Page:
Scholar Spotlight: Maggie Shawcross (2009) in Conversation with the Spectrum Advisory Committee

Luisa Leija Headshot

The Spectrum Scholarship Program actively recruits and provides scholarships to American Indian/Alaska Native, Asian, Black/African American, Hispanic/Latino, Middle Eastern and North African, and/or Native Hawaiian/Other Pacific Islander students to assist them with obtaining a graduate degree and leadership positions within the profession and ALA. Spectrum Scholarship Alumni are part of what makes this program successful -- we are thrilled to highlight Maggie Shawcross (2009 Scholar) to talk about the Scholarship, as well as current work. This interview was conducted via email with Spectrum Advisory Co-Chairs, Kay P Maye, and Ramon Garcia in February 2024.

What area(s) of librarianship have you worked in thus far?

While in library school, I worked as a consumer health librarian. I would consider that a special library area as I was a solo librarian working at a hospital with community members who wanted more information on recent diagnoses or health concerns. After that I moved into public librarianship. I worked there doing adult programming (I LOVE adults) and focused a lot of my work there in providing health programming and Spanish language programming. Then, I moved into academic librarianship. I was initially hired to be a subject specialist focusing on health librarianship, but my library has since moved to a service model, and I am currently working as a Teaching and Learning Librarian.

What are some current projects that you're really excited about right now?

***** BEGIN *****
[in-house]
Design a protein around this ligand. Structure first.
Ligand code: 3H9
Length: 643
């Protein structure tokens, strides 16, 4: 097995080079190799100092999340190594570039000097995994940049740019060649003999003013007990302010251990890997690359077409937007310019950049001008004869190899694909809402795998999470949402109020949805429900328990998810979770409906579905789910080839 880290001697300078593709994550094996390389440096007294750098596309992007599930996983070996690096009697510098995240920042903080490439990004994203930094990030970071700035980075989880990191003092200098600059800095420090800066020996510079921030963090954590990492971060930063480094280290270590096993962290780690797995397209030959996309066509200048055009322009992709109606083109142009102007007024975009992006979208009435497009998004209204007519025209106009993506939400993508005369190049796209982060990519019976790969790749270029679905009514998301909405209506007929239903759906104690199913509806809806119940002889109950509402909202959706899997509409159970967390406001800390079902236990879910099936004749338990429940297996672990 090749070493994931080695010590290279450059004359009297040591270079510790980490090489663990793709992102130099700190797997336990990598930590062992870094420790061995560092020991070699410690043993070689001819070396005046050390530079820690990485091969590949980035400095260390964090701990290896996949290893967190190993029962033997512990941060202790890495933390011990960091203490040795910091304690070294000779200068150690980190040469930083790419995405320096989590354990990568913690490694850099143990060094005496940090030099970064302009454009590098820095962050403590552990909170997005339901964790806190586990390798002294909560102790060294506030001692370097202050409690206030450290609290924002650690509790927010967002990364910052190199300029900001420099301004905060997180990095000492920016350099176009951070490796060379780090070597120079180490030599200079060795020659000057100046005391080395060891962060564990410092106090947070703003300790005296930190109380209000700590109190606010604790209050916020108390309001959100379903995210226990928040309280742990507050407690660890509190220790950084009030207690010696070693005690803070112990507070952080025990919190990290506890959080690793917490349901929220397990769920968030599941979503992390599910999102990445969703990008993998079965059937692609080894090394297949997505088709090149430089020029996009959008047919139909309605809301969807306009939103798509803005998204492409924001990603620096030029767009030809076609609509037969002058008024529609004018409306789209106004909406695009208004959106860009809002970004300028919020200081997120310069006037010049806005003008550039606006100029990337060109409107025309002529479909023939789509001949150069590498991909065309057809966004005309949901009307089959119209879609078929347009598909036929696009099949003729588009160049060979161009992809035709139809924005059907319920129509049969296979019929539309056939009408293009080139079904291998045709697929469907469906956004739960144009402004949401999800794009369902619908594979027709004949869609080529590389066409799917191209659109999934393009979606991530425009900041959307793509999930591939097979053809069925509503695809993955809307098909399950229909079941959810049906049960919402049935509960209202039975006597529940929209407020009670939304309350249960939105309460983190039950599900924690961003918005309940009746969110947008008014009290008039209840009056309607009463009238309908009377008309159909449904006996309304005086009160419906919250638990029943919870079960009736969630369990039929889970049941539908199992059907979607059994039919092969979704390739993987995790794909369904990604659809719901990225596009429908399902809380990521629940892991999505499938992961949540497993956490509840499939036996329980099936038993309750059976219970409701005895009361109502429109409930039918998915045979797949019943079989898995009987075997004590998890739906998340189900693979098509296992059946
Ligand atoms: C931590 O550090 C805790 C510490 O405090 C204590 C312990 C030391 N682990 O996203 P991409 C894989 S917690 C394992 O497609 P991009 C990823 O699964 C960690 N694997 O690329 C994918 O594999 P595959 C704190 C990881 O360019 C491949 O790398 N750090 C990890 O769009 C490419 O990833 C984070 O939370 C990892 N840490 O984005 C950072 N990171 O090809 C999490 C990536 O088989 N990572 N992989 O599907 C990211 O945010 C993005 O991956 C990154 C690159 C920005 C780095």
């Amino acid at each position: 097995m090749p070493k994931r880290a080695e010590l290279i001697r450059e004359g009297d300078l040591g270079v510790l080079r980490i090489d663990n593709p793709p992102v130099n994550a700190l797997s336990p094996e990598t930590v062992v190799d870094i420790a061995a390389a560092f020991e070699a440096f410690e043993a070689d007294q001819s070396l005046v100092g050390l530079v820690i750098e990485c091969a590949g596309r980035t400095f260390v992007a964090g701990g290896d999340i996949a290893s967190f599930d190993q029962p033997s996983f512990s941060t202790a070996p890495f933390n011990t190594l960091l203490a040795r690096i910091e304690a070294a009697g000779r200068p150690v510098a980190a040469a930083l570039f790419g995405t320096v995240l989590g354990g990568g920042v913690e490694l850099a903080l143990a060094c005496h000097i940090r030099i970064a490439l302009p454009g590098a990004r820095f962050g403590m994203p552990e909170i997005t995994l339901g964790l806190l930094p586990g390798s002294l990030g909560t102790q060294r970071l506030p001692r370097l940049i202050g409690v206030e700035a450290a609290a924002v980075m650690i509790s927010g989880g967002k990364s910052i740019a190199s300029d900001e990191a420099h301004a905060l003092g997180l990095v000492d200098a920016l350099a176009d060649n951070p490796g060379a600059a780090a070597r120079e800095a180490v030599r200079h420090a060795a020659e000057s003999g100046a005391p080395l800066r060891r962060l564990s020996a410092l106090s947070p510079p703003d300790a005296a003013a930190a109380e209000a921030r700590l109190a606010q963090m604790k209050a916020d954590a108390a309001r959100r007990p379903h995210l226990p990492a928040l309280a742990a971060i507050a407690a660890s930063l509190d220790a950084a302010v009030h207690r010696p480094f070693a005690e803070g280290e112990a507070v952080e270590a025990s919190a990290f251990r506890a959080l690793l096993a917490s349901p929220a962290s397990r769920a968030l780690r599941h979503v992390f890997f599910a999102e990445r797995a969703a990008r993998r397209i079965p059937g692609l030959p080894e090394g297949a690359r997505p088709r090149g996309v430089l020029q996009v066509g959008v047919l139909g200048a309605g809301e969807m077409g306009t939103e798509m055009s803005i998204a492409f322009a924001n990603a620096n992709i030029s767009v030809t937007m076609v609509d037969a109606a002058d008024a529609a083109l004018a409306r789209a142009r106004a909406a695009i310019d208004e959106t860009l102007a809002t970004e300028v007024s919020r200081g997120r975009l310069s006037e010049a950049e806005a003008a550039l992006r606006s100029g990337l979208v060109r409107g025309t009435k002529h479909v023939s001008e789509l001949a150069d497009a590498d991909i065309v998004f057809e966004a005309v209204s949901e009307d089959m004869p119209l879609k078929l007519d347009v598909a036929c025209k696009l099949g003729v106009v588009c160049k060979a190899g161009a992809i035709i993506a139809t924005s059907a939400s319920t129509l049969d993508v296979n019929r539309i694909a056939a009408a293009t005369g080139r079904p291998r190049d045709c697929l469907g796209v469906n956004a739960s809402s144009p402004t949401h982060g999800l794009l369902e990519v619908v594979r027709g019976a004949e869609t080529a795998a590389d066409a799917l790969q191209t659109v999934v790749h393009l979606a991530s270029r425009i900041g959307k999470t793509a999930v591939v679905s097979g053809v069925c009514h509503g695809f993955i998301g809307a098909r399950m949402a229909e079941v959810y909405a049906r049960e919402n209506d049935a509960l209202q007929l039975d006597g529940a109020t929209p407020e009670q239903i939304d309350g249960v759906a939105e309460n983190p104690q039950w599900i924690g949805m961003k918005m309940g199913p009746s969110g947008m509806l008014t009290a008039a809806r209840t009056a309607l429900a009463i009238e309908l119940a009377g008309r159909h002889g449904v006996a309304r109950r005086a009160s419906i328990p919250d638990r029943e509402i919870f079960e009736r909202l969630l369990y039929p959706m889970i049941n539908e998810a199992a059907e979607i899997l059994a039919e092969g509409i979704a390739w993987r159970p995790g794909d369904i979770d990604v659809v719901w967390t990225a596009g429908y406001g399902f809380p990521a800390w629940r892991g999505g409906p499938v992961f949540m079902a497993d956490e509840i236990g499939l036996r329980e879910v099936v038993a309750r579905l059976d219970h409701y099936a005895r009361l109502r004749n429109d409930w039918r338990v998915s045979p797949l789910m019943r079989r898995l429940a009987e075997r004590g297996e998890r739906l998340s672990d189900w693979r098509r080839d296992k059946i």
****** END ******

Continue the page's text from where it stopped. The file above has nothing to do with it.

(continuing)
Though not as common in academic libraries, the rise in book and program bans/censorship impact all of us - especially marginalized communities. I presented with a school librarian and a former public librarian to educate librarians on what they can do to support other librarians facing censorship/bans as well as knowing their rights when upholding intellectual freedom. We hope to write a paper based on our presentation.

What has the Spectrum community provided you in the years since you've graduated library school?

I could never put a price on all that Spectrum has provided me since graduating library school - priceless! There is an automatic recognition in the library field as to what Spectrum is - employers, other librarians recognize that being a Spectrum Scholar means that you are a part of a movement to bring diversity and positive change to the library profession. I would also like to promote the ACRL Dr. E.J. Josey Spectrum Scholar Mentor Program. This program is only available to Spectrum Scholars. Fourteen years ago, I was connected to my mentor, Yu-Lan Chou (Santa Clara City Library) and have made a lifelong connection. Yu-Lan has shared her knowledge with me, provided me with career advice and friendship. Priceless!

How do you carry that sense of camaraderie and connection forward to others in the LIS profession?

I value so much what Spectrum has given me - the money for school, the connections to other librarians of color, my mentor - and I strive to pay it forward every day. I am happy to talk to anyone interested about the library profession (the good and the bad). I also choose to research and present on topics that help promote diversity and inclusion in the library field.

Working in libraries can sometimes take us far from home. What are some favorite regional foods that you look forward to getting if you ever return for visits? Alternately, what are some favorite dishes that you discovered along the way?

I am very lucky to live and work in my hometown. I'm also happy that my community is getting more and more diverse each day (this wasn’t the case when I first moved here 30 years ago). Growing up we ate so many beans and, I thought I would never say this, but for me nothing beats a bowl of frijoles de la olla (pinto beans cooked in a pot essentially) with cotija cheese and a side of corn tortillas. I should really learn how to cook them, but my mom’s beans are the best.